Encourage Blog2023-04-28T16:33:25+00:00

Encourage-[en-kur-ij] to inspire with courage, spirit, or confidence.

The enCourage Blog is weekly dose of encouragement in a world that is often filled with bad news. We offer life-giving entries each Monday and Thursday written by gifted women from across our denomination, the Presbyterian Church in America (PCA). You can subscribe below to have them delivered to your inbox. With hundreds of blog pieces, you can search on a variety of topics in the search bar above to read and share with friends. Christina Fox, a gifted author, serves as our enCourage General Editor. If you are interested in submitting a piece, you can contact her at cfox@pcanet.org.

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Encouragement for the Weary Mom

KATIE POLSKI|CONTRIBUTOR Just a few days ago, I picked up my phone to facetime my oldest. I looked at my reflection in the phone as I waited for my daughter to answer and noticed how tired I looked. “Does my face always look this exhausted?”  I asked my daughter when she answered the call. “Mom,” she said, “you look like you always do.” I suppose it should be no surprise that the daily grind begins to show itself physically. Work, grad school, and other responsibilities certainly make me look forward to laying my head on the pillow each night. But where I feel the greatest weariness, at times, is in mothering. Being a mom is one of the most rewarding jobs the Lord has given me, but it has also been the most wearing. From infancy on, a mother regularly plays the role of referee, chauffeur, counselor, comforter, guider, provider, educator, prayer warrior, discipliner, and the list runs on. It’s no wonder motherhood can make us to feel worn down and inadequate. There are many days that I just don’t feel up for the job of being a mom. And thank the Lord for this. Gratitude For Our Insufficiencies Why be grateful for my inadequacy? Because if my children always obey, if I always feel like supermom, then I would have no reason to cling daily to the cross. Without coming to the end of my rope, I would stand in my supposed self-sufficiency rather than recognize the necessity of Jesus’ grace...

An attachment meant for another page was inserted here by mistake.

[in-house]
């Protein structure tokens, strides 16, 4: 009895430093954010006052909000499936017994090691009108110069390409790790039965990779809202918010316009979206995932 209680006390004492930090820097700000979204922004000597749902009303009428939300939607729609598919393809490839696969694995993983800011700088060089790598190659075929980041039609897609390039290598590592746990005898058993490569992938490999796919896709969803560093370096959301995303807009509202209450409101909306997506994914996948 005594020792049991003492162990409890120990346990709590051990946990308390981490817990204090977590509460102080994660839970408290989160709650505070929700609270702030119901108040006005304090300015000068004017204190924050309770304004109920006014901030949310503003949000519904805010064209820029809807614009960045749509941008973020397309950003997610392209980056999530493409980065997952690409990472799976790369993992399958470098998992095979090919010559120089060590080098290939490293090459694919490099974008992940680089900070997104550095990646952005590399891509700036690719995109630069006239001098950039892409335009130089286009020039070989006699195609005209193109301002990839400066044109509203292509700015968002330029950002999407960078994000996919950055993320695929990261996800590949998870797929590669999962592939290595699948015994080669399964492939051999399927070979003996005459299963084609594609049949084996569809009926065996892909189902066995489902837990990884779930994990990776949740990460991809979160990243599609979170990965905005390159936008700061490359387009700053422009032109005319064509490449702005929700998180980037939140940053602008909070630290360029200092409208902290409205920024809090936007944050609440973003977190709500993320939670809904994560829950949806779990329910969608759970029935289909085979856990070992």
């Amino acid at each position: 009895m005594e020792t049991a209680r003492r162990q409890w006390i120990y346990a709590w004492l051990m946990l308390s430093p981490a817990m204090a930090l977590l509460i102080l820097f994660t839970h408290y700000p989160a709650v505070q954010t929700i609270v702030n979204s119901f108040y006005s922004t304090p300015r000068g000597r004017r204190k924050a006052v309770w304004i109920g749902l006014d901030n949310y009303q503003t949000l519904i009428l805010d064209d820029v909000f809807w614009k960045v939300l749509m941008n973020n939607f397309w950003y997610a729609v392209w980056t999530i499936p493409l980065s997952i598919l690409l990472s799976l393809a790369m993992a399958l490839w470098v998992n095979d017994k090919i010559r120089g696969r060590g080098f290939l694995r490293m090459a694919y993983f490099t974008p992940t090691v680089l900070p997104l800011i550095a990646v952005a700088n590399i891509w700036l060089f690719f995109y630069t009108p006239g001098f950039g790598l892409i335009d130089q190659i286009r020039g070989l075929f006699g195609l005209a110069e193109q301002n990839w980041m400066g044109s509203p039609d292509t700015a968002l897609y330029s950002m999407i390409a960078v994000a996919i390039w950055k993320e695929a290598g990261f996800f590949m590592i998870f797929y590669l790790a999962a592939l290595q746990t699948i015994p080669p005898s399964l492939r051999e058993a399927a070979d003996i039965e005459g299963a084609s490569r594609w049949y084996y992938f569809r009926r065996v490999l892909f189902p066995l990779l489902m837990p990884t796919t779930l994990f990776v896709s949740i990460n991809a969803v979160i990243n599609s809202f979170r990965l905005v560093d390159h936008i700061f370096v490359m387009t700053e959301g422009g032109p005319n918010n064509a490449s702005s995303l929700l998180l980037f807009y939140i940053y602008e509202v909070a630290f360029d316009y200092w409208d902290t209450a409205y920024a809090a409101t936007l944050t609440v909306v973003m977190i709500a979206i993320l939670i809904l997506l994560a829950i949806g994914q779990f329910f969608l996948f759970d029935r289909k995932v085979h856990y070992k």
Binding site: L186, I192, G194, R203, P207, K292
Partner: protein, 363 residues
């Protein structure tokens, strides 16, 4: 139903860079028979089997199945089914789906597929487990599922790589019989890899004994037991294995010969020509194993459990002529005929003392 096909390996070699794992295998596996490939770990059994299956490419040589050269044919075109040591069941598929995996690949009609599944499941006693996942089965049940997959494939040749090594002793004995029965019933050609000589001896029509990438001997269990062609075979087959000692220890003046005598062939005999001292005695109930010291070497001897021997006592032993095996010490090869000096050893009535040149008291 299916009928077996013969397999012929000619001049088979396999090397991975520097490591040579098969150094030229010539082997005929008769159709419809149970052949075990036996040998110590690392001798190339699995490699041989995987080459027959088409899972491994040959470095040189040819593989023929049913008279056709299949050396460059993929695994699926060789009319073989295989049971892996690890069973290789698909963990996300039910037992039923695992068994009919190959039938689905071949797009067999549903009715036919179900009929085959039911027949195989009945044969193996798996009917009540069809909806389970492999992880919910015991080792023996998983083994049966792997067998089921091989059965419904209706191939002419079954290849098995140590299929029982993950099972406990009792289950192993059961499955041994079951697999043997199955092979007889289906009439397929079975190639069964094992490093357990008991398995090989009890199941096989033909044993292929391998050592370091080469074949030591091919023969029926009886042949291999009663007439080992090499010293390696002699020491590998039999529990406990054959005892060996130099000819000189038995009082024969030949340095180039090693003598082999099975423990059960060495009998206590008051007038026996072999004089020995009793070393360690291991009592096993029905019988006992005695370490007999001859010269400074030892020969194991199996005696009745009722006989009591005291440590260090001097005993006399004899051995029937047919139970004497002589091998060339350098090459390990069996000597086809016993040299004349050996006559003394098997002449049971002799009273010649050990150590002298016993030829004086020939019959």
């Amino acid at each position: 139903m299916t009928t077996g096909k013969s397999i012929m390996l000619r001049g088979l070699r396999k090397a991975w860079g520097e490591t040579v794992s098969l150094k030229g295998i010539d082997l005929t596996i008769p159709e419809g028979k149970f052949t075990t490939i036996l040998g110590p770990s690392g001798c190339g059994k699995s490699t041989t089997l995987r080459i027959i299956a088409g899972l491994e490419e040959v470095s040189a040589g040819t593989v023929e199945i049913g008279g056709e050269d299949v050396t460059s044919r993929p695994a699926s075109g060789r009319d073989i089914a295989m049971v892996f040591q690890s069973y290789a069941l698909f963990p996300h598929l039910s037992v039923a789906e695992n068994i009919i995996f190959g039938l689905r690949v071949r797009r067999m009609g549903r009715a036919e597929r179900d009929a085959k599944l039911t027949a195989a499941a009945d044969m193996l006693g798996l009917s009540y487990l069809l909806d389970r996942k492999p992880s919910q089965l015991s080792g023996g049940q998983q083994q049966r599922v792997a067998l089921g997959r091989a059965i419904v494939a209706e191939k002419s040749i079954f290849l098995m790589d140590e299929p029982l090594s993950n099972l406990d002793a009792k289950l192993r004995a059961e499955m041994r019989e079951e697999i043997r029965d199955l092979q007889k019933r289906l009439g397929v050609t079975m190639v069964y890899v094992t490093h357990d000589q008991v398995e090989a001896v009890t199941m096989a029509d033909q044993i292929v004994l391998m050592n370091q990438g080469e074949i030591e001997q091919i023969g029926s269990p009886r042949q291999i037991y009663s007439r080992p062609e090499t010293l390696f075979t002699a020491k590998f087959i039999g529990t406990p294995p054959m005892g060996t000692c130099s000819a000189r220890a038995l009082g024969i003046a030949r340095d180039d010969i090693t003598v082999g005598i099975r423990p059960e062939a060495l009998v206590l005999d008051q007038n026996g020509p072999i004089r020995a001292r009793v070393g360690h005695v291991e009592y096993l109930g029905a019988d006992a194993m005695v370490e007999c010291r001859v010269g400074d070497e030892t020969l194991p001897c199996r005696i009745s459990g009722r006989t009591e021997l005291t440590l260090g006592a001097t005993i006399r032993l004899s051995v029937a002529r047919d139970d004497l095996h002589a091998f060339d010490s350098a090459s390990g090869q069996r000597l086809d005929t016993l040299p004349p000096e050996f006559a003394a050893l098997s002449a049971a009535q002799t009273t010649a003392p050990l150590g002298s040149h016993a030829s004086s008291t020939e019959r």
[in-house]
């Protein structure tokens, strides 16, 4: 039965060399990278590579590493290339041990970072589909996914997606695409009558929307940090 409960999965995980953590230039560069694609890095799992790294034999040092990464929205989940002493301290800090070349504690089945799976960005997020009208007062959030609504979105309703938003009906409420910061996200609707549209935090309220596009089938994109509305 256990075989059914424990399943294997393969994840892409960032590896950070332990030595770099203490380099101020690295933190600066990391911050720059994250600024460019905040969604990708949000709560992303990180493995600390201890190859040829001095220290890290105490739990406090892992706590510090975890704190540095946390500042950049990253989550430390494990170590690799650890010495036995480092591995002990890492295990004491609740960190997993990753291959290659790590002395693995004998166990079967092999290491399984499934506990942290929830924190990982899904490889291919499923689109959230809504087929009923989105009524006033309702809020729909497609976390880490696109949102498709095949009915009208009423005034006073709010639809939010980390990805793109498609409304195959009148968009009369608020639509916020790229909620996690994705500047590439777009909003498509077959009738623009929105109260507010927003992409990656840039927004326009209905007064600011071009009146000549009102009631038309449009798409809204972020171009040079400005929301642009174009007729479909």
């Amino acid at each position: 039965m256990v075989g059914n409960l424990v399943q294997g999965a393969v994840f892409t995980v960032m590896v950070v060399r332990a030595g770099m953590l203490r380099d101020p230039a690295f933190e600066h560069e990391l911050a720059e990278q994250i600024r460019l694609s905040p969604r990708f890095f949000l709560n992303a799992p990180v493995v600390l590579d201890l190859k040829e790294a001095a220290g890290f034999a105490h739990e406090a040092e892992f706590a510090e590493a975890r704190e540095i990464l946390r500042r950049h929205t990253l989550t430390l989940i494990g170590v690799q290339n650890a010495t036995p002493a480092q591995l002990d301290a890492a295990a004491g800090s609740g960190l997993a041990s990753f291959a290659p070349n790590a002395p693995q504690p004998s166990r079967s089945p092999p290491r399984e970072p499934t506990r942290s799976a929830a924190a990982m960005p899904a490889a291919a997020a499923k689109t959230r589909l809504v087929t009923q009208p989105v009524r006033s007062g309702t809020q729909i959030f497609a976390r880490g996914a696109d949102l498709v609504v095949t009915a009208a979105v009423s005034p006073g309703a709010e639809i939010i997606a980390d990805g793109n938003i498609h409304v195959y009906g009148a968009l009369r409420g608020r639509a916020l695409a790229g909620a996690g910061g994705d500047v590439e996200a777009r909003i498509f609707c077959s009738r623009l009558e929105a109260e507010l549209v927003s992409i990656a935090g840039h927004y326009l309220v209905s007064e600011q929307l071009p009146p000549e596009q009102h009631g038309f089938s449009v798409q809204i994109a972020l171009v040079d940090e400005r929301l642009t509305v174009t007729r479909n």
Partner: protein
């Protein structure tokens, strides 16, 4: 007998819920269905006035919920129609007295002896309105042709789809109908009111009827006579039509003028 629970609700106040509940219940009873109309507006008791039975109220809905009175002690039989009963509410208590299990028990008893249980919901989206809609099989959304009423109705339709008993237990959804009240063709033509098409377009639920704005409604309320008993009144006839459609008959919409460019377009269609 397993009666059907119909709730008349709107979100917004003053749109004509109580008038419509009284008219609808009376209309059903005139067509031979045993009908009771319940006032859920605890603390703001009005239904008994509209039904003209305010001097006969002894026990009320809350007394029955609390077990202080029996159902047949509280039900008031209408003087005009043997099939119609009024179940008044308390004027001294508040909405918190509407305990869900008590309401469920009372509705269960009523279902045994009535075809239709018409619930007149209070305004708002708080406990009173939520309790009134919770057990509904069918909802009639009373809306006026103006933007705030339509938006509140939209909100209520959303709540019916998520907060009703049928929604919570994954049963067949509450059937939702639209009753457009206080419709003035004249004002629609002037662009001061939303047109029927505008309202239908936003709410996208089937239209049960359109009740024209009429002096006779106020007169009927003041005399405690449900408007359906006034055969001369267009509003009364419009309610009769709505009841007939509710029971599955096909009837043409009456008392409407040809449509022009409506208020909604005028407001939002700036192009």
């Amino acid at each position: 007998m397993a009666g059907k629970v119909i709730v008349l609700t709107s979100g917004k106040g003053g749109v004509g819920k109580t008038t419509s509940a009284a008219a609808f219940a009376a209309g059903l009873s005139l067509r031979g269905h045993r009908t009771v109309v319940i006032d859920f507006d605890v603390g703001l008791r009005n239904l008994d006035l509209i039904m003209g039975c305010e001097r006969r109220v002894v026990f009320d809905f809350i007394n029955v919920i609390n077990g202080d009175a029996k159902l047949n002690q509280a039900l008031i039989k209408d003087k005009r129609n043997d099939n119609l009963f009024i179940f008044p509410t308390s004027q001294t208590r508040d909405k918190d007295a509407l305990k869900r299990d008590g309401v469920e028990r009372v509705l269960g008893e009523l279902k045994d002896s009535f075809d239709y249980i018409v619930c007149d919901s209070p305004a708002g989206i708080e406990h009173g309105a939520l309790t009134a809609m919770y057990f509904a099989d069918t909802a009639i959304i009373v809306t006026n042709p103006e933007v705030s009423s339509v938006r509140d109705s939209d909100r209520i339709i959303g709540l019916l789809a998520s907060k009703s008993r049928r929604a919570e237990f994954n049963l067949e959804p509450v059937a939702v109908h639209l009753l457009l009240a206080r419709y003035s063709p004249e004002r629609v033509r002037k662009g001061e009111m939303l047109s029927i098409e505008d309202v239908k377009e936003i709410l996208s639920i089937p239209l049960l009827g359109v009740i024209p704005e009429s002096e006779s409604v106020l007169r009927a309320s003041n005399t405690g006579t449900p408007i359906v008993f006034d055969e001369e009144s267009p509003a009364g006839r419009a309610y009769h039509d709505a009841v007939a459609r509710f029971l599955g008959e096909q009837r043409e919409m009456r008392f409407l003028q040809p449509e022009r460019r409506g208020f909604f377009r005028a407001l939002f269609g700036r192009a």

On Commencement

STEPHANIE HUBACH|CONTRIBUTOR When my sons were little, they loved to watch the Walt Disney Davy Crockett movies. In one of their favorite scenes,  Davy Crockett and the local bully—Bigfoot Mason—have a disagreement that leads to a fist fight. The drama opens with each of them spitting on their open palms (remember—I have boys!), clenching their fists, and then cautiously circling around the room—never taking their eyes off each other, declaring “Rough and tumble! No holds barred!” Whenever I’d hear little voices loudly announce, “Rough and tumble!” in our house, I knew that some faux fighting was about to commence. When Graduation Signifies the Beginning Just like a Davy Crockett vs. Bigfoot Mason fist fight, academic commencement ceremonies are often preceded with an announcement. Maybe your family is in the midst of sending out graduation announcements right now—letting the world know that your son or daughter is about to set off on new endeavors. Whoever named graduation ceremonies a “commencement” had to be an optimist, as the word means “beginnings.” It sets our sights on the horizon—what is to come, all that is unknown (in the best and most adventuresome way), and all that might be. The very concept of commencement is brimming with opportunities. When Graduation Signifies the End If you are a parent of a graduate, however, your feelings are likely more muddled than pure opportunistic optimism. For the opening of a new time is also, inevitably, the closing of another. It is an ending—a time of “lasts.” Senior year—in high school or college—is a year of “we will not pass this way again.” The last band concert. The last play. The last football game. The last prom...

Caregiving with Compassion and Respect: Learning from Jesus